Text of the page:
InSight (Cruise) [NASA]
InSight (Lander) [NASA]
NASA selected in August 2012 the 12th mission of the Discovery program. The new mission, named InSight (Interior Exploration using Seismic Investigations, Geodesy and Heat Transport, formerly known as GEMS, Geophysical Monitoring Station), will place instruments on the Martian surface to investigate whether the core of Mars is solid or liquid like Earth's, and why Mars' crust is not divided into tectonic plates that drift like Earth's. Detailed knowledge of the interior of Mars in comparison to Earth will help scientists understand better how terrestrial planets form and evolve.
InSight is led by W. Bruce Banerdt at NASA's Jet Propulsion Laboratory in Pasadena, Calif. InSight's science team includes U.S. and international co-investigators from universities, industry and government agencies. The French space agency Centre National d'Etudes Spatiales, or CNES, and the German Aerospace Center are contributing instruments to InSight, which is slated for a launch between March 8 - 27 March 2016, is scheduled to land on Mars in September 2016 to begin its two-year scientific mission.
InSight is the 12th selection in NASA's series of Discovery-class missions. Created in 1992, the Discovery Program sponsors frequent, cost-capped solar system exploration missions with highly focused scientific goals.
InSight builds on spacecraft technology used in NASA's highly successful Phoenix lander mission, which was launched to the Red Planet in 2007 and determined water existed near the surface in the Martian polar regions. By incorporating proven systems in the mission, the InSight team demonstrated that the mission concept was low-risk and could stay within the cost-constrained budget of Discovery missions. The cost of the mission, excluding the launch vehicle and related services, is capped at $425 million in 2010 dollars.
The InSight Lander will carry three instruments to the surface of Mars to take the first-ever in-depth look at the planet's "vital stats": its pulse, or internal activity, as measured by the SEIS instrument; its temperature as measured by the HP3 instrument; and its reflexes as measured by the RISE instrument. Together, the data will provide essential clues about the evolution of not just Mars, but also all the terrestrial planets.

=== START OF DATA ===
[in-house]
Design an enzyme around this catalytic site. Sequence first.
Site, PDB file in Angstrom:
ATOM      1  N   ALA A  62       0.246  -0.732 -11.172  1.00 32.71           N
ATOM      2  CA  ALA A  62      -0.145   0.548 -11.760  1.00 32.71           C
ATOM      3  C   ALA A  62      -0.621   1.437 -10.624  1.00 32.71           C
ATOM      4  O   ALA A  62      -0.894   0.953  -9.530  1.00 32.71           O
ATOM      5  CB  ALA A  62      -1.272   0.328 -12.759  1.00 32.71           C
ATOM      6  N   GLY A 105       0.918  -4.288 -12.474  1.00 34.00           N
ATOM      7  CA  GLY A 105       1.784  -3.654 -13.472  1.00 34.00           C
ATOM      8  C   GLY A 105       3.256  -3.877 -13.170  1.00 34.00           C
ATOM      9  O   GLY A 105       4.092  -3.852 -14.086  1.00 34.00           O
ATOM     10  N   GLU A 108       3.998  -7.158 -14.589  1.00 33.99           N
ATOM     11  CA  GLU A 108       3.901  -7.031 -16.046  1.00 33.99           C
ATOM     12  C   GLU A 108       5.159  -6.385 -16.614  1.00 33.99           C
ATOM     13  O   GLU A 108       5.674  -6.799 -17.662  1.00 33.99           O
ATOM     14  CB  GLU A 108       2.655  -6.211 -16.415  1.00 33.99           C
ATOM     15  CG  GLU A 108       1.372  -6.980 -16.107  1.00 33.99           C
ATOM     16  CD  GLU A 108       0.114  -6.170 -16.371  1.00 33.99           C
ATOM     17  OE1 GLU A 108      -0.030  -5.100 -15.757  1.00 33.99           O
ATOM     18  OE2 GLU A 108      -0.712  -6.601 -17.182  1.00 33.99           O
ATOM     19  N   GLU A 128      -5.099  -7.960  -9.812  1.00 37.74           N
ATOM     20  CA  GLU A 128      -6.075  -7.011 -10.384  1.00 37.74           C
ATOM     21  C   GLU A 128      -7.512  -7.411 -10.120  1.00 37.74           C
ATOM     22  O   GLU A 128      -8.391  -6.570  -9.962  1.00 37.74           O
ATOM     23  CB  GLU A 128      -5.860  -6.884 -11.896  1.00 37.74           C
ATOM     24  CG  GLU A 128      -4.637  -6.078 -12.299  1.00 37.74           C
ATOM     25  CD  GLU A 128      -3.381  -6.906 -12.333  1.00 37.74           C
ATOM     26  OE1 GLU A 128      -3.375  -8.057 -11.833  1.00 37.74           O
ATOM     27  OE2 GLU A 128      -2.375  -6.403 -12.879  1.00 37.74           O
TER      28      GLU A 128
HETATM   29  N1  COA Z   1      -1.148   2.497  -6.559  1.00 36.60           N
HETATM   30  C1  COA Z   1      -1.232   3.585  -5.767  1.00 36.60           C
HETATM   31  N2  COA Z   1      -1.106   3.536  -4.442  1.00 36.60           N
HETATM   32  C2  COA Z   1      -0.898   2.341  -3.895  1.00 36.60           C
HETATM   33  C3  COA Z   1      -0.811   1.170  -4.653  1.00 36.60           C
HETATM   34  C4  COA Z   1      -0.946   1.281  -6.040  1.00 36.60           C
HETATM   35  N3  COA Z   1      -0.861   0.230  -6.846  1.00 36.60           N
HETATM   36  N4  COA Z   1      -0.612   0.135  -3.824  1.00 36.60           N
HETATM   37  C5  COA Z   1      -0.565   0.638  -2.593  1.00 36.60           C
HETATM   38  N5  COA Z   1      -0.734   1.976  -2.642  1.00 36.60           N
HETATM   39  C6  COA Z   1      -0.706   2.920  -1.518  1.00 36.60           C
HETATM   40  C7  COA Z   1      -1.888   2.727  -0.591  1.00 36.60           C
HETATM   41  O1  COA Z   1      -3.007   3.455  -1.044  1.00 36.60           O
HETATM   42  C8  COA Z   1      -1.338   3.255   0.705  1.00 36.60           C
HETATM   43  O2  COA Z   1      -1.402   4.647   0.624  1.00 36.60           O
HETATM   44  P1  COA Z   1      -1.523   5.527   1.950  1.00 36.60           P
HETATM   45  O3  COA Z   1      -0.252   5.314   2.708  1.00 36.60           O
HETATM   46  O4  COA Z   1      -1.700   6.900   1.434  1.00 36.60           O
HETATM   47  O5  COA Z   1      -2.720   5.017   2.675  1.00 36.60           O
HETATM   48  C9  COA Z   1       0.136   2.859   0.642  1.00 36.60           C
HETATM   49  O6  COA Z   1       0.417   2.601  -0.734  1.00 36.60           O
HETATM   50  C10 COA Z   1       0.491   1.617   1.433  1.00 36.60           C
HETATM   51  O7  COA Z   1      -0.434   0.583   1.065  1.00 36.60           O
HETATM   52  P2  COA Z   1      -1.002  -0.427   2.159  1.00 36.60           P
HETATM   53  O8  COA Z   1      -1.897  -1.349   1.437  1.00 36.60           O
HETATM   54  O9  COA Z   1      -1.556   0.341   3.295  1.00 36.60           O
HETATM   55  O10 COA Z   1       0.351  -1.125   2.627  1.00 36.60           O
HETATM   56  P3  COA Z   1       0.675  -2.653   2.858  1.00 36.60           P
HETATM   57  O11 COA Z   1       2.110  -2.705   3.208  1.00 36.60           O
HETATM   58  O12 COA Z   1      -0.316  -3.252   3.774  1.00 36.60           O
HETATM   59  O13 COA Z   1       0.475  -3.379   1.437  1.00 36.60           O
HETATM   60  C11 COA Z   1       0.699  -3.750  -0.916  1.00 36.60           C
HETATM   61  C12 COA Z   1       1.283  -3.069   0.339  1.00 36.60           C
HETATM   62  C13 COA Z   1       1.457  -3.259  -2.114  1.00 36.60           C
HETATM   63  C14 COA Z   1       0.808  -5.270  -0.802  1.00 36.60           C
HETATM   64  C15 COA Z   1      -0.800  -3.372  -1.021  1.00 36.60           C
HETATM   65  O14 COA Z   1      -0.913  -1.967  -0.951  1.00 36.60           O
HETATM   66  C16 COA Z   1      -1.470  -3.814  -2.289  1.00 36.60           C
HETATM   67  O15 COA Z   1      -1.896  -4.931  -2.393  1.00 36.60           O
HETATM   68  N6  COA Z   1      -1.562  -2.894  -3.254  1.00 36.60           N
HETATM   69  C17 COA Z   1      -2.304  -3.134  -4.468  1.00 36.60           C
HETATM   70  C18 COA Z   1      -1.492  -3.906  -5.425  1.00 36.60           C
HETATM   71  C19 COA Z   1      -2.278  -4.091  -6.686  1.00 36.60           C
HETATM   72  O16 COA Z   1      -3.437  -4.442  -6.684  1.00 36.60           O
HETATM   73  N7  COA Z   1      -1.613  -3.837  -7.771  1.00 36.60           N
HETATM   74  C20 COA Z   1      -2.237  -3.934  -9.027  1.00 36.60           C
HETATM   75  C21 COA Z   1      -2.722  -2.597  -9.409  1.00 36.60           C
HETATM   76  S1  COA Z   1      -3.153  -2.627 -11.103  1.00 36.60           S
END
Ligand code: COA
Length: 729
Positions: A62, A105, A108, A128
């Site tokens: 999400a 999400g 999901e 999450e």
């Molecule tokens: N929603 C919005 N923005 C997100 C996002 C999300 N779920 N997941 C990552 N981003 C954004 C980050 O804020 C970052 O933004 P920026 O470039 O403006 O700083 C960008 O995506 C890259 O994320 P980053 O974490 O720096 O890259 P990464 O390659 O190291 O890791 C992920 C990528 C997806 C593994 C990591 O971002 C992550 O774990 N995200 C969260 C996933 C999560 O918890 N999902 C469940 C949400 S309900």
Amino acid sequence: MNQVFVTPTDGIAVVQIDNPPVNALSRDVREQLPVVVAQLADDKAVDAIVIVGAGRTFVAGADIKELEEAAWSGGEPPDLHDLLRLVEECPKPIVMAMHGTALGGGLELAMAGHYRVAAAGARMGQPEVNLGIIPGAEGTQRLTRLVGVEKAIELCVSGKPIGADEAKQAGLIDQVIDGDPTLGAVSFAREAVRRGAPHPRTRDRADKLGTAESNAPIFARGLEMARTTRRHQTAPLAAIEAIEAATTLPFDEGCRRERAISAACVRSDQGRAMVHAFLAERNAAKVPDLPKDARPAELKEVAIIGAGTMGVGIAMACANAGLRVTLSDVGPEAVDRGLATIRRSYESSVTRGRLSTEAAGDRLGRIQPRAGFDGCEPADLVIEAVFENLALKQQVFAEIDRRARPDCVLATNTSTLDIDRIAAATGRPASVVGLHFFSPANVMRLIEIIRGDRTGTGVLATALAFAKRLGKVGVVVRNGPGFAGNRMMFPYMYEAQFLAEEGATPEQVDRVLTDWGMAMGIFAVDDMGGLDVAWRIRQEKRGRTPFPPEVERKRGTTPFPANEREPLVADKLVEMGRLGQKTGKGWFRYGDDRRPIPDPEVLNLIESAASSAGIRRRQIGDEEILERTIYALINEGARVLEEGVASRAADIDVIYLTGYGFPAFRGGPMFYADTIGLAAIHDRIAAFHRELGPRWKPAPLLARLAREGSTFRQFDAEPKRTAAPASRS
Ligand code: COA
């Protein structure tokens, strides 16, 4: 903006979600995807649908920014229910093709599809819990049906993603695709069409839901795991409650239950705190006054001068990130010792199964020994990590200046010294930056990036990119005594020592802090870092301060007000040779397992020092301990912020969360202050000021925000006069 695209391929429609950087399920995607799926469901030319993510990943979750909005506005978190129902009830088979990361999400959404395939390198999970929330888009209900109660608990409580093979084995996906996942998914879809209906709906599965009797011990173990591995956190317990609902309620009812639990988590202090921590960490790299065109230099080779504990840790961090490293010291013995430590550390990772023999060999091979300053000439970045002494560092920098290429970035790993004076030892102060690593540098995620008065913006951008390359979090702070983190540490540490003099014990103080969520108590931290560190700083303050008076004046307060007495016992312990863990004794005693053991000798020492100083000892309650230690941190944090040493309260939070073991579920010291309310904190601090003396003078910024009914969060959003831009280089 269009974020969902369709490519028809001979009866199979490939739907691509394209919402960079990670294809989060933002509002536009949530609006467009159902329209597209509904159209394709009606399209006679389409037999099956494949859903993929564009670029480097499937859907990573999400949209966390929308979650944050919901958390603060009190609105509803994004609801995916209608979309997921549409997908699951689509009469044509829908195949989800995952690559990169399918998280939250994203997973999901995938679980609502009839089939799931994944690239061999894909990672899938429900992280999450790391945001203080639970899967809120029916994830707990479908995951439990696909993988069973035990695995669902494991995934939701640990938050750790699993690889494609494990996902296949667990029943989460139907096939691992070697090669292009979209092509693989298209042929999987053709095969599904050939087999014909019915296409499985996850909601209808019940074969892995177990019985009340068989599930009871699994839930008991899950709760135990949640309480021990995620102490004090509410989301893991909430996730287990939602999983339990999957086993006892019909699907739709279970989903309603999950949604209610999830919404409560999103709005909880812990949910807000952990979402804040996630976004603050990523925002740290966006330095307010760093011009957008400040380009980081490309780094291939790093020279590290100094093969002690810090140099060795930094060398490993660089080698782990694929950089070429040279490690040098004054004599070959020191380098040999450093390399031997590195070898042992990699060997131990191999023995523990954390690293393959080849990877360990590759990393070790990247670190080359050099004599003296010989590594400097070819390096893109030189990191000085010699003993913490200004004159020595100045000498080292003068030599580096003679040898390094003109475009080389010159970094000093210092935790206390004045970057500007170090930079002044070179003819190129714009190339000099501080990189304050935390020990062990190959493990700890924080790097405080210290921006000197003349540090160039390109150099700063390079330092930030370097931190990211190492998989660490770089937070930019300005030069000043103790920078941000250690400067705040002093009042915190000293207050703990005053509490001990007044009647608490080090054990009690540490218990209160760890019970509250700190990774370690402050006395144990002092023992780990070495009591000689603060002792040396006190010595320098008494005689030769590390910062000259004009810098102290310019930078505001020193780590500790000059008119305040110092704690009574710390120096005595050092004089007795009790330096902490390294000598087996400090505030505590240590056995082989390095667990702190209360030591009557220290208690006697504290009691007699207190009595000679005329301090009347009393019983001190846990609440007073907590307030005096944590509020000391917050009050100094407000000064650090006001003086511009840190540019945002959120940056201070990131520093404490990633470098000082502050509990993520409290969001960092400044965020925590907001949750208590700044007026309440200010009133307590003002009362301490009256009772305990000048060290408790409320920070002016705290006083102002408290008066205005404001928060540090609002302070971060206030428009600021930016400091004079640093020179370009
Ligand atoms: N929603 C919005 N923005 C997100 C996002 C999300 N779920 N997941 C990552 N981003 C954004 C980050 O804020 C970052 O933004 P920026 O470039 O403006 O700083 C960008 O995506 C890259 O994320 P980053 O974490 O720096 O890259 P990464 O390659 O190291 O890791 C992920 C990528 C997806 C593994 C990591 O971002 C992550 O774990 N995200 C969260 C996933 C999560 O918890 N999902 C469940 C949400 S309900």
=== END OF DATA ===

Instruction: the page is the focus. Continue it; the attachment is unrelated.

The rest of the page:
InSight will be accompanied with two MarCO 6U-cubesats, which are to provide communications relay during the landing phase, as the MRO, MAVEN, and Mars Odyssey orbiters will not be in position to receive InSight data.
In December 2015 it was decided to cancel the 2016 launch, as there is a design flaw in the French built seismometer, which prevents the vacuum inside the instrument to be maintained. NASA’s Science Mission Directorate has approved in September 2016 the new launch window 2018for the agency’s upcoming Mars InSight mission. NASA estimated that this delay and the instrument redesign will cost additional $153.8 million.
The mission operated until 15 December 2022, when the last contact with the lander could be established.
|Type / Application:
|Lockheed Martin Space Systems (Spacecraft)
|SEIS, HP3, RISE, 2 cameras
|2 deployable fixed solar arrays, batteries (cruise stage); 2 deployable solar arrays, batteries (lander)
|InSight (Discovery 12)
|with MarCO A, MarCO B